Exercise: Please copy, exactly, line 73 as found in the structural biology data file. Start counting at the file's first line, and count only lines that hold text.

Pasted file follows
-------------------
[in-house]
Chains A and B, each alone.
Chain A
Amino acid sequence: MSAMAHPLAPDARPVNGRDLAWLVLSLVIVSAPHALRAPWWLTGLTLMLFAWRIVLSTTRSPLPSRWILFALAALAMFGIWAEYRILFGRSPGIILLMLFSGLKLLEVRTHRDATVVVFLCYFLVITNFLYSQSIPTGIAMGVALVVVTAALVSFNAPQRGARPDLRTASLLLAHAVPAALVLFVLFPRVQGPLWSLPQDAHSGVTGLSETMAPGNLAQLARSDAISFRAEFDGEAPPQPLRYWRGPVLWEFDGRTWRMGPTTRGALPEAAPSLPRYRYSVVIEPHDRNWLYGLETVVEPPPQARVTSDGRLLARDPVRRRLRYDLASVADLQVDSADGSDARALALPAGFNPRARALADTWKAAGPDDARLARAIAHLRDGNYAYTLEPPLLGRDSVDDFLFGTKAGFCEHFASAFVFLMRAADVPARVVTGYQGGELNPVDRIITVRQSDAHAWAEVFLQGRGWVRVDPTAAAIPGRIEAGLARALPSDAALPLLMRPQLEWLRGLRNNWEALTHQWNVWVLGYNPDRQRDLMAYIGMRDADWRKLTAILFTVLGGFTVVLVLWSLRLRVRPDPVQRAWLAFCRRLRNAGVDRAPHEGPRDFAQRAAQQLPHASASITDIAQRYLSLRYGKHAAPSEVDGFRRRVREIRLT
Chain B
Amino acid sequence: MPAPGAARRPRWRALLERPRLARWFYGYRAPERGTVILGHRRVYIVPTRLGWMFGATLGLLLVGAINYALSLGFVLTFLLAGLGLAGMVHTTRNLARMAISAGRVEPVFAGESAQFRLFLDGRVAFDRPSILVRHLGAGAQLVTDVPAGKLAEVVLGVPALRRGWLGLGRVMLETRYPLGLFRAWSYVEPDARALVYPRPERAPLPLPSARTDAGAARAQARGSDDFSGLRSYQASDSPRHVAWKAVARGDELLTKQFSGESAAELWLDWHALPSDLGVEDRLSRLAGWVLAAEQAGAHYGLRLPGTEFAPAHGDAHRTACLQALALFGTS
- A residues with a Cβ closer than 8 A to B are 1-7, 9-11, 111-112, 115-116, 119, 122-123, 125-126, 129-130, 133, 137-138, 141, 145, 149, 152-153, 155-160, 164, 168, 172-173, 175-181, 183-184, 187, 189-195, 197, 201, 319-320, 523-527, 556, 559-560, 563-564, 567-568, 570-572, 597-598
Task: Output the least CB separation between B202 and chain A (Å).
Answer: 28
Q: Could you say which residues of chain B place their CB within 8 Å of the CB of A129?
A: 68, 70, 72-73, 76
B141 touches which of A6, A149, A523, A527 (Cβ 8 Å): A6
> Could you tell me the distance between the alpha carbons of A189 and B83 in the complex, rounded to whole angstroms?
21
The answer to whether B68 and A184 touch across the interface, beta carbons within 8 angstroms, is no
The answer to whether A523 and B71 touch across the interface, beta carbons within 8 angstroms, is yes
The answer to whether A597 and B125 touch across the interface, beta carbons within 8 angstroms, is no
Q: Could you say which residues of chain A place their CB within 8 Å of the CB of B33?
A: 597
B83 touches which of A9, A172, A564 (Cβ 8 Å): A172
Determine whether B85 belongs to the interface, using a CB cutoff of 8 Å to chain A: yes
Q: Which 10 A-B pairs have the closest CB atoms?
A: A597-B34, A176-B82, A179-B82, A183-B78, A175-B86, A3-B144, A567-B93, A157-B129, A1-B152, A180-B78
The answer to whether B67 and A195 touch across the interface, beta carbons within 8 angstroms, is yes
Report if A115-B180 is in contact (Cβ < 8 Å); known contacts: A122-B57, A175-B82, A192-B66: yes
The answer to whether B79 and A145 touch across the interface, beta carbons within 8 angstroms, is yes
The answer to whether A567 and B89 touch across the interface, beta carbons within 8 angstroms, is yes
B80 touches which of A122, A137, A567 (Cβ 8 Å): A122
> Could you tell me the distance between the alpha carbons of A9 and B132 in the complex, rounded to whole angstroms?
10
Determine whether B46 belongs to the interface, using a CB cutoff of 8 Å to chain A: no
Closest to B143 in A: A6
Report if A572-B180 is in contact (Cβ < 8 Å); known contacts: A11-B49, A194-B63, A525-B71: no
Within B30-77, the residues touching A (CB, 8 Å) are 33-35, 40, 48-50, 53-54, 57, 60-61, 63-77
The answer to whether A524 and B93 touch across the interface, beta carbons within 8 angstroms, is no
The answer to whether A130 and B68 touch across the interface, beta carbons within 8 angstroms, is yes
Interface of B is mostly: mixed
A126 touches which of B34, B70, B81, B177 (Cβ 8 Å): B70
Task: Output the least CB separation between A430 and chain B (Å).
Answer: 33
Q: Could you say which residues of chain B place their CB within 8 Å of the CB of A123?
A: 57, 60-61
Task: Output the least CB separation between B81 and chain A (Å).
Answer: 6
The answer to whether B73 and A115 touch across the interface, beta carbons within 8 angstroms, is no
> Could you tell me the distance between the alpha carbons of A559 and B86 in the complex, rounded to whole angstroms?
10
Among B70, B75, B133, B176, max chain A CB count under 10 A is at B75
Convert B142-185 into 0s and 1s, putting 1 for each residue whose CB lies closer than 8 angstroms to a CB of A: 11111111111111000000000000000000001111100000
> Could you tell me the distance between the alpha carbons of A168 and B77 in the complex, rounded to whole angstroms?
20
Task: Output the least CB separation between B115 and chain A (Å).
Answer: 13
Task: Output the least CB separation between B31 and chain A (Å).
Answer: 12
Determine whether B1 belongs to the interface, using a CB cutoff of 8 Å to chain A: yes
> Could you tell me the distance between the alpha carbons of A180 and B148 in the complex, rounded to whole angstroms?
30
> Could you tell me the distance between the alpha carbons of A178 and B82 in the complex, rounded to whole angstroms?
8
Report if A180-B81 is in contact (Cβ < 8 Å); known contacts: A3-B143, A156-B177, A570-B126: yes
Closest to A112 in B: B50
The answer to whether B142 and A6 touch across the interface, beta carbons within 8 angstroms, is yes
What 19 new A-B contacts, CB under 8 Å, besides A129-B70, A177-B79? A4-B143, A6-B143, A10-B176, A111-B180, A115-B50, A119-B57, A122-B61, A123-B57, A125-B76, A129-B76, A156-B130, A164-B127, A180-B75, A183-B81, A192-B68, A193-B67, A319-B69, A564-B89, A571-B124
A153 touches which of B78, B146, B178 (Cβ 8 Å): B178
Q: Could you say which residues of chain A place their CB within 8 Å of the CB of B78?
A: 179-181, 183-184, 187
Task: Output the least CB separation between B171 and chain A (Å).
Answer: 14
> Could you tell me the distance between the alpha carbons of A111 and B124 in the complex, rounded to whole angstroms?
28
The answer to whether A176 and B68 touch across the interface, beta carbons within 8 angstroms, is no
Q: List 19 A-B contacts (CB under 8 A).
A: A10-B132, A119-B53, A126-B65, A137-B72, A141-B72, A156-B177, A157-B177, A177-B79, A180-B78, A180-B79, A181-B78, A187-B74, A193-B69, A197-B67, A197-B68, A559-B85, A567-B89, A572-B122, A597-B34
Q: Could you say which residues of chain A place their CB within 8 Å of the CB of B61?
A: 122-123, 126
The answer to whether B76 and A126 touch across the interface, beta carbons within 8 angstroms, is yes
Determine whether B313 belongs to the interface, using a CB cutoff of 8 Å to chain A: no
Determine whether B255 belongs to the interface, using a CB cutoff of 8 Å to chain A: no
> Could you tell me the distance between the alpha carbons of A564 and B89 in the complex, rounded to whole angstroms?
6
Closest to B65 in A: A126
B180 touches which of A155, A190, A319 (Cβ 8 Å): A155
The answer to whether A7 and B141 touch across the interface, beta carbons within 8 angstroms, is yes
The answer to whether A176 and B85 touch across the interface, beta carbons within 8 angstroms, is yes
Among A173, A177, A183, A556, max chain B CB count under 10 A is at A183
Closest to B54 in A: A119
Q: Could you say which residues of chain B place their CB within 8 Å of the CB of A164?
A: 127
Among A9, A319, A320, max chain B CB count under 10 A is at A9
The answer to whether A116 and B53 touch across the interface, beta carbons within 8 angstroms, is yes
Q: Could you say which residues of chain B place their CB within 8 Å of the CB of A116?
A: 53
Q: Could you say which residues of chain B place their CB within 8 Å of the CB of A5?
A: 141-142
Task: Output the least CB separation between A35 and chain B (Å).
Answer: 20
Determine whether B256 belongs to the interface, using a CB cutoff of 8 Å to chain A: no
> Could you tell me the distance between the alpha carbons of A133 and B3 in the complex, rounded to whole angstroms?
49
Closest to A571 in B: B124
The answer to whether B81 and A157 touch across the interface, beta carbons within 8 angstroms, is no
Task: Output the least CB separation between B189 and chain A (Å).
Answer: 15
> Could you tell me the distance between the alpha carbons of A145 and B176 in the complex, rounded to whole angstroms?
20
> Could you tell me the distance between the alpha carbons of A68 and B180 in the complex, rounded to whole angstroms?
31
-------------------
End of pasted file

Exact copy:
Q: List 19 A-B contacts (CB under 8 A).